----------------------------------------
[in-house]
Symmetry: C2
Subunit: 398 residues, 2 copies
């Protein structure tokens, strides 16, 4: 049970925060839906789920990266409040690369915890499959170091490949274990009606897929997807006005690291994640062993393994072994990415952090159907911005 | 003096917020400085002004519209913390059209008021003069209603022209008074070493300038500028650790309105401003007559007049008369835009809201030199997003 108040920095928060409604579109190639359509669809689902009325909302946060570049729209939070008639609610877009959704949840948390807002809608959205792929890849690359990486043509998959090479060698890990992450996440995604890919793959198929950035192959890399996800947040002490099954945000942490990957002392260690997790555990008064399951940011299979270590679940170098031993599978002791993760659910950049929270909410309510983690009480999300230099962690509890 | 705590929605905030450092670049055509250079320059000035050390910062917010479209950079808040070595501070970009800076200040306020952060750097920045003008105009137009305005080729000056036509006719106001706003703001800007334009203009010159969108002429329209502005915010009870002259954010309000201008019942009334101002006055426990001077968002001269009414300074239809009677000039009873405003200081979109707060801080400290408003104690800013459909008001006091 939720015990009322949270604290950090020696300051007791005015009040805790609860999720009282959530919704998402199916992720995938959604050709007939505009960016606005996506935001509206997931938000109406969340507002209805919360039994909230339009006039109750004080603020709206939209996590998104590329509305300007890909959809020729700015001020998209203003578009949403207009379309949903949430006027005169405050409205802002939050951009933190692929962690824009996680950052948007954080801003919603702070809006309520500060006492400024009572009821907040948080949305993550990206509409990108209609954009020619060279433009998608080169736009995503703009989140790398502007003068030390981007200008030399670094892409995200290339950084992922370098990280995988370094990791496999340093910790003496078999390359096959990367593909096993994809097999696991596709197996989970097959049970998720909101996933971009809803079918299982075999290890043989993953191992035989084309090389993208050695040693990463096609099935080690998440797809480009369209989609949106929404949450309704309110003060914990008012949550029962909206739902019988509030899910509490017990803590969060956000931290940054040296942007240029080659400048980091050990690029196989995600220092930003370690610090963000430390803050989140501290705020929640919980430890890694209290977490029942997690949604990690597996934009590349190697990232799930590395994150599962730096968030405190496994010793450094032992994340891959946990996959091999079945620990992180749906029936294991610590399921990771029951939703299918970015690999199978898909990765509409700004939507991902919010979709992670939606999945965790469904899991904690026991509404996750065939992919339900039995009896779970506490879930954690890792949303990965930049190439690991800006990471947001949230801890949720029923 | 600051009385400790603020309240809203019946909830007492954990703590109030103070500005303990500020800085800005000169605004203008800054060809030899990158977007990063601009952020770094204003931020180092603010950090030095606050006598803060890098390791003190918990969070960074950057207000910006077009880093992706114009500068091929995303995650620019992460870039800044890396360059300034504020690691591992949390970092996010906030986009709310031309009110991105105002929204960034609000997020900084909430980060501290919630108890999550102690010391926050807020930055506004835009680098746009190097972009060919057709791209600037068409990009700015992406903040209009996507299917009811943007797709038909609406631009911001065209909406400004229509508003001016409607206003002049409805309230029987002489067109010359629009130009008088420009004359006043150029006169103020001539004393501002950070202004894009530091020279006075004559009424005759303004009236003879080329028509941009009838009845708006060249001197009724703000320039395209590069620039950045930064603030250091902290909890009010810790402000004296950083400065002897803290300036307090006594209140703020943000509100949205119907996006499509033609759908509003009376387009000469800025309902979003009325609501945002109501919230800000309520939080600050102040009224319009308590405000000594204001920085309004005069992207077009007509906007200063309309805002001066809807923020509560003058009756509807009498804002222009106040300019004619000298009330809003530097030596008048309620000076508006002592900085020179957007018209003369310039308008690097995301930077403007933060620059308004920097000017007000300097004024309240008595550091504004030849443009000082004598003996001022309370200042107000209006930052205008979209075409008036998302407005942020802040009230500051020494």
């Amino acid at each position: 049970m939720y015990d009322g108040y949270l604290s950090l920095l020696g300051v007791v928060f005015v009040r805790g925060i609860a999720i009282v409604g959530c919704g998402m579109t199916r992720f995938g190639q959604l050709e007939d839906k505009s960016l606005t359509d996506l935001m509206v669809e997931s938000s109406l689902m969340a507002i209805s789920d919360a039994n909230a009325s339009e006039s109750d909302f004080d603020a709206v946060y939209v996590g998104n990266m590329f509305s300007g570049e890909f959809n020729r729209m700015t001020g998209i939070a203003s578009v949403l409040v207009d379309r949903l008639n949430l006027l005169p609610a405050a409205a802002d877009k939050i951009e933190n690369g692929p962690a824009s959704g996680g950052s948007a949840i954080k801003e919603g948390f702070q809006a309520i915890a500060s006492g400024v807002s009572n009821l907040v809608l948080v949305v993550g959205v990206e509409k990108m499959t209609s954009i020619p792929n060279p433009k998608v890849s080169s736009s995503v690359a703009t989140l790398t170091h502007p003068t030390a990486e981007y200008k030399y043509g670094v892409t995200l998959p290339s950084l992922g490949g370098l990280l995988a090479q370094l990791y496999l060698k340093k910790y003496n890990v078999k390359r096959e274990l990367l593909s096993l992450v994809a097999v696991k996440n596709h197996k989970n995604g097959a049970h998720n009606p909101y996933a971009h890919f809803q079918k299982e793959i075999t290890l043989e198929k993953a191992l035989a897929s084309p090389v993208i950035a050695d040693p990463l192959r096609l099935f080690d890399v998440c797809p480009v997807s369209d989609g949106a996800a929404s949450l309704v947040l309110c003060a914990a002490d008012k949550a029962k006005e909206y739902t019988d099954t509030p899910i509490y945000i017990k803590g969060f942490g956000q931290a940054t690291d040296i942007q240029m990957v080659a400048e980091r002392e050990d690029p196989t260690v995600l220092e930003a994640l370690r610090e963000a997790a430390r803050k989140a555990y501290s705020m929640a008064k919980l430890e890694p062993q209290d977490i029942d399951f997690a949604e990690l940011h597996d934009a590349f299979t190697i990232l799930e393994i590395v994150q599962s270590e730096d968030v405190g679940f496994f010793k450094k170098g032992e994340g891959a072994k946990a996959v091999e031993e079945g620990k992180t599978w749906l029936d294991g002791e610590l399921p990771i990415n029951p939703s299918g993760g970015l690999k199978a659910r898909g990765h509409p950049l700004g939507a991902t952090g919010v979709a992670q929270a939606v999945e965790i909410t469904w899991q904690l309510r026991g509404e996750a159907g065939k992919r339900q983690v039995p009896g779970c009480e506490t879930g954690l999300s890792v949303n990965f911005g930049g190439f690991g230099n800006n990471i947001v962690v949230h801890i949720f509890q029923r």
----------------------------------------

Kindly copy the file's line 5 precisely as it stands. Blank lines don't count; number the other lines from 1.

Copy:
């Amino acid at each position: 049970m939720y015990d009322g108040y949270l604290s950090l920095l020696g300051v007791v928060f005015v009040r805790g925060i609860a999720i009282v409604g959530c919704g998402m579109t199916r992720f995938g190639q959604l050709e007939d839906k505009s960016l606005t359509d996506l935001m509206v669809e997931s938000s109406l689902m969340a507002i209805s789920d919360a039994n909230a009325s339009e006039s109750d909302f004080d603020a709206v946060y939209v996590g998104n990266m590329f509305s300007g570049e890909f959809n020729r729209m700015t001020g998209i939070a203003s578009v949403l409040v207009d379309r949903l008639n949430l006027l005169p609610a405050a409205a802002d877009k939050i951009e933190n690369g692929p962690a824009s959704g996680g950052s948007a949840i954080k801003e919603g948390f702070q809006a309520i915890a500060s006492g400024v807002s009572n009821l907040v809608l948080v949305v993550g959205v990206e509409k990108m499959t209609s954009i020619p792929n060279p433009k998608v890849s080169s736009s995503v690359a703009t989140l790398t170091h502007p003068t030390a990486e981007y200008k030399y043509g670094v892409t995200l998959p290339s950084l992922g490949g370098l990280l995988a090479q370094l990791y496999l060698k340093k910790y003496n890990v078999k390359r096959e274990l990367l593909s096993l992450v994809a097999v696991k996440n596709h197996k989970n995604g097959a049970h998720n009606p909101y996933a971009h890919f809803q079918k299982e793959i075999t290890l043989e198929k993953a191992l035989a897929s084309p090389v993208i950035a050695d040693p990463l192959r096609l099935f080690d890399v998440c797809p480009v997807s369209d989609g949106a996800a929404s949450l309704v947040l309110c003060a914990a002490d008012k949550a029962k006005e909206y739902t019988d099954t509030p899910i509490y945000i017990k803590g969060f942490g956000q931290a940054t690291d040296i942007q240029m990957v080659a400048e980091r002392e050990d690029p196989t260690v995600l220092e930003a994640l370690r610090e963000a997790a430390r803050k989140a555990y501290s705020m929640a008064k919980l430890e890694p062993q209290d977490i029942d399951f997690a949604e990690l940011h597996d934009a590349f299979t190697i990232l799930e393994i590395v994150q599962s270590e730096d968030v405190g679940f496994f010793k450094k170098g032992e994340g891959a072994k946990a996959v091999e031993e079945g620990k992180t599978w749906l029936d294991g002791e610590l399921p990771i990415n029951p939703s299918g993760g970015l690999k199978a659910r898909g990765h509409p950049l700004g939507a991902t952090g919010v979709a992670q929270a939606v999945e965790i909410t469904w899991q904690l309510r026991g509404e996750a159907g065939k992919r339900q983690v039995p009896g779970c009480e506490t879930g954690l999300s890792v949303n990965f911005g930049g190439f690991g230099n800006n990471i947001v962690v949230h801890i949720f509890q029923r």